Regional Gardening Reports :: National Gardening Association

In the Garden:
Upper South
April, 2004
Regional Report

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Pansies and violas are perfect annuals to plant during the cool weather of spring.

An Annual Affair

After a few years of gardening, people are wont to say, "Oh, I get tired of planting annuals every year. I want to grow perennials because you only plant them once." At that point, they need to be gently reminded that although perennials may not need planting every year, they do require regular trimming, pinching, staking, and dividing. Plus, the vast majority of perennials bloom for only several weeks during the summer.

Not that I don't have a passion for perennials, but annuals, whether alone or in among perennials, are generally easy to grow, with most providing brilliant color all season long. Best of all, you get to start with a fresh palette every year.

As you plan for this year's garden, open your mind to the many wondrous annuals that can enhance your landscape. Don't snub the tried-and-true ones, like petunias and impatiens, and experiment with some of the lesser-known ones, such as angelonia and wishbone flower (Torenia fournieri).

Since it's still a few weeks before the last frost date for our region, now is the perfect time to make an assessment of your yard for places where annuals would make attractive additions. Make notes about heights and colors you'd like, so when you visit garden centers you'll be able to make good choices about the annuals that are best suited for your various garden areas.

Annuals for Different Areas and Uses
Even in a small yard, there are often a number of microclimates, such as areas with full sun and dry, poor soil; full sun and rich, loamy soil; dry or moist shade. Because annuals run the gamut of shapes, sizes, and colors, you can use them for edgings, cut flowers, hanging baskets as well as the front, middle, or back of beds and borders. Here are some annuals that would be suitable for some of these varying situations.

Shade: Wax begonia (Begonia x semperflorens-cultorum), coleus (coleus hybrids), collinsia (Collinsia spp.), Persian violet (Exacum affine), fuchsia (fuchsia species and cultivars), impatiens (Impatiens wallerana), and wishbone flower (Torenia fournieri).

Sunny, Dry Conditions with Poor Soil: Love-lies-bleeding
(Amaranthus caudatus), cockscomb (Celosia cristata), cornflower (Centaurea cyanus), spider flower (Cleome hasslerana), four-o'-clock (Mirabilis jalapa), moss rose (Portulaca grandiflora), nasturtium (Tropaeolum majus), calliopsis (Coreopsis tinctoria), and beefsteak plant (Perilla frutescens).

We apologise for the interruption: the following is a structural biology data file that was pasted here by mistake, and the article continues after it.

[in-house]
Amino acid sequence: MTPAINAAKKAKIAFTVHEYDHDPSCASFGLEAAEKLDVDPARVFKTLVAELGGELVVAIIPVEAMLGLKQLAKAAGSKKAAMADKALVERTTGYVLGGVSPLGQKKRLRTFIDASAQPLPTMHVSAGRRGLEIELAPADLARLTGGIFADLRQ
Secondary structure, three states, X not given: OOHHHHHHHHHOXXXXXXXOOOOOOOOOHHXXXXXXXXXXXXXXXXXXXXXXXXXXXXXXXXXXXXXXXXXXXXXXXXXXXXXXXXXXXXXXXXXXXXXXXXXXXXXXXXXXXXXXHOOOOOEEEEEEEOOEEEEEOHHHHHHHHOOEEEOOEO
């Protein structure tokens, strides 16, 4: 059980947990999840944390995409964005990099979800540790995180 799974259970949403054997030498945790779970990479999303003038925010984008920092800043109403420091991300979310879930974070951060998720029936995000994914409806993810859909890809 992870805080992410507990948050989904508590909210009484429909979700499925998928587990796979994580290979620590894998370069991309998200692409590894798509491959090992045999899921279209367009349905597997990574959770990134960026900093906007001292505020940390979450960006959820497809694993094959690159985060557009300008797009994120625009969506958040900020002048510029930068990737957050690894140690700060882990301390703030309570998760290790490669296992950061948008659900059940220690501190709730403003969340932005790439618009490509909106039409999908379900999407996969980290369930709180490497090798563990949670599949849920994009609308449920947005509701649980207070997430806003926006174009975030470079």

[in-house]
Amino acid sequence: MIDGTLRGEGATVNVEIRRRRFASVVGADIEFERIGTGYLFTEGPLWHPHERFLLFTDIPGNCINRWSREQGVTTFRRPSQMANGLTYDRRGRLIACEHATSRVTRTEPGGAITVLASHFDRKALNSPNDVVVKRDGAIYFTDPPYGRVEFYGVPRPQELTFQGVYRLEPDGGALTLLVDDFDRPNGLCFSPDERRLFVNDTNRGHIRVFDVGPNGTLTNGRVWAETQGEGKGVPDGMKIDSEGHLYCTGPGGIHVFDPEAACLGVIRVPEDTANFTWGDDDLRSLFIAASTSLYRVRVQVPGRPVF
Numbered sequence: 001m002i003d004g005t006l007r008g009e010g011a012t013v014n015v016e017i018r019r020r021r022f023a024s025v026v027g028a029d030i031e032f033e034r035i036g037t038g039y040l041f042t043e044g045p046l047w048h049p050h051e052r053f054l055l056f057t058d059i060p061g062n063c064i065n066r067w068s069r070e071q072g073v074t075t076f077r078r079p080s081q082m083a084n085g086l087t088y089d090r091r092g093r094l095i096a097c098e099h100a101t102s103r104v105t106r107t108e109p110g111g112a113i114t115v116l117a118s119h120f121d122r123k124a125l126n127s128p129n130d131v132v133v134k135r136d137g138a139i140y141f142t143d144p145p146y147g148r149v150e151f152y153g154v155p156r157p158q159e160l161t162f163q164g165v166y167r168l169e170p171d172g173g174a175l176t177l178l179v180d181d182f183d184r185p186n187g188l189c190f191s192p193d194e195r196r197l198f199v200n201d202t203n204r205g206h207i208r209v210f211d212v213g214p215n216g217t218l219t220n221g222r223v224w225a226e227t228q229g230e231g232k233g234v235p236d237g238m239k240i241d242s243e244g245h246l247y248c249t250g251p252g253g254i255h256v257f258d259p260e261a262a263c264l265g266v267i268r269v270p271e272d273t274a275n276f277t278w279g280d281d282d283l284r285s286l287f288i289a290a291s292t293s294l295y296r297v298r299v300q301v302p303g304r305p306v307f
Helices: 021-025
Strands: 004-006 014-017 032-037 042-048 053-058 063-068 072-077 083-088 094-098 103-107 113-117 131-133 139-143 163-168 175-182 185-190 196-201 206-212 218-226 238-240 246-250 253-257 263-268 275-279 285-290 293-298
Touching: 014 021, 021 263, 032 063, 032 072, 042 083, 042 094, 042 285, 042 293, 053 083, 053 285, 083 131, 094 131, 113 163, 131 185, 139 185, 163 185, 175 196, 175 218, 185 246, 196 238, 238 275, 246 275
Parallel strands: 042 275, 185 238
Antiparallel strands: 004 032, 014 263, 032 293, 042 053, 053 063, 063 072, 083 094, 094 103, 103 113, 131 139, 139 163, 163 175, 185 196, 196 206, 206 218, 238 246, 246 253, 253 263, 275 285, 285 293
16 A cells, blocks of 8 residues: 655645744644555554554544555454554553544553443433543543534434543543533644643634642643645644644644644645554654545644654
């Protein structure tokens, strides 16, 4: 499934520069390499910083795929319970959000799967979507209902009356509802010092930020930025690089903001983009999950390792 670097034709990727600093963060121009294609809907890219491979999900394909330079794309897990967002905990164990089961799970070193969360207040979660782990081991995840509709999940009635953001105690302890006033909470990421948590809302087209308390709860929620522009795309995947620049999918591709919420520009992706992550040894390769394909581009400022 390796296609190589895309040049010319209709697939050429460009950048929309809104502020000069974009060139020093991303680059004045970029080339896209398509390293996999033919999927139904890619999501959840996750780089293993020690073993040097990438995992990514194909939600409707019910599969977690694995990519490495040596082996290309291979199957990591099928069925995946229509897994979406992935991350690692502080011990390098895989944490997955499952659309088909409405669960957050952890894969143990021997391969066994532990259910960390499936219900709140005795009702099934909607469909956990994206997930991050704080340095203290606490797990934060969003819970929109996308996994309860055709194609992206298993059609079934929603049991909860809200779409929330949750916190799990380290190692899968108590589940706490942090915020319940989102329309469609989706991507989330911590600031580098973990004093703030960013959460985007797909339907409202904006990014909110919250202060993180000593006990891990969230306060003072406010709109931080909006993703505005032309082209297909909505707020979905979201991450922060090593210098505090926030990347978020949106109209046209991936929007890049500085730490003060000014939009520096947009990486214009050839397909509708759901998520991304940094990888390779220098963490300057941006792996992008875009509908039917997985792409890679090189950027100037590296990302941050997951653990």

Moist, Cool Conditions: Bugloss (Anchusa capensis), pink (Dianthus spp.), summer cypress (Kochia scoparia), sweet pea (Lathyrus odoratus), monkey flower (Mimulus spp.), baby blue eyes (Nemesia strumosa), wishbone flower (Torenia fournieri), pansy and viola (Viola spp.), Livingstone daisy (Dorotheanus belledformis), and blue lace flower (Trachymene coreulea).

Cut Flowers: Snapdragon (Antirrhinum majus), pot marigold (Calendula officinalis), China aster (Callistephus chinensis), cornflower (Centaurea cyanus), calliopsis (Coreopsis tinctoria), cosmos (Cosmos bipinnatus), blanket flower (Gaillardia pulchela), pincushions (Scabiosa atropurpurea), marigold (Tagetes spp.), zinnia (Zinnia spp.), toadflax (Linaria spp.), and love-in-a-mist (Nigella damacena).

Edging: Ageratum (Ageratum houstonianum), pimpernel (Anagallis monelli linifolia), ornamental pepper (Capsicum anuum), sweet alyssum (Lobularia maritima), dwarf sweet basil (Ocimum basilicum), creeping zinnia (Sanvitalia procumbens), dwarf marigold (Tagetes spp.).

Don't Forget Vines
One of the best additions you can make to a garden area is to add a vertical element. A very easy method is to add a free-standing obelisk or tuteur planted with vines. There are a number of annual vines that add dynamic impact to a garden, whether planted around a free-standing element, a trellis placed against a wall, or an arbor over a garden path.

Morning glories are the obvious first choice, with a number of varieties in different shades of blue, pink, and white. Some other options include cup-and-saucer vine (Cobaea scandens), hyacinth bean (Dolichos lablab), moonflower (Ipomoea alba), star glory (Mina lobata), scarlet runner bean (Phaseolus coccineus), canary bird vine (Tropaeolum perigrinum), and snail vine (Vigna caracalla).

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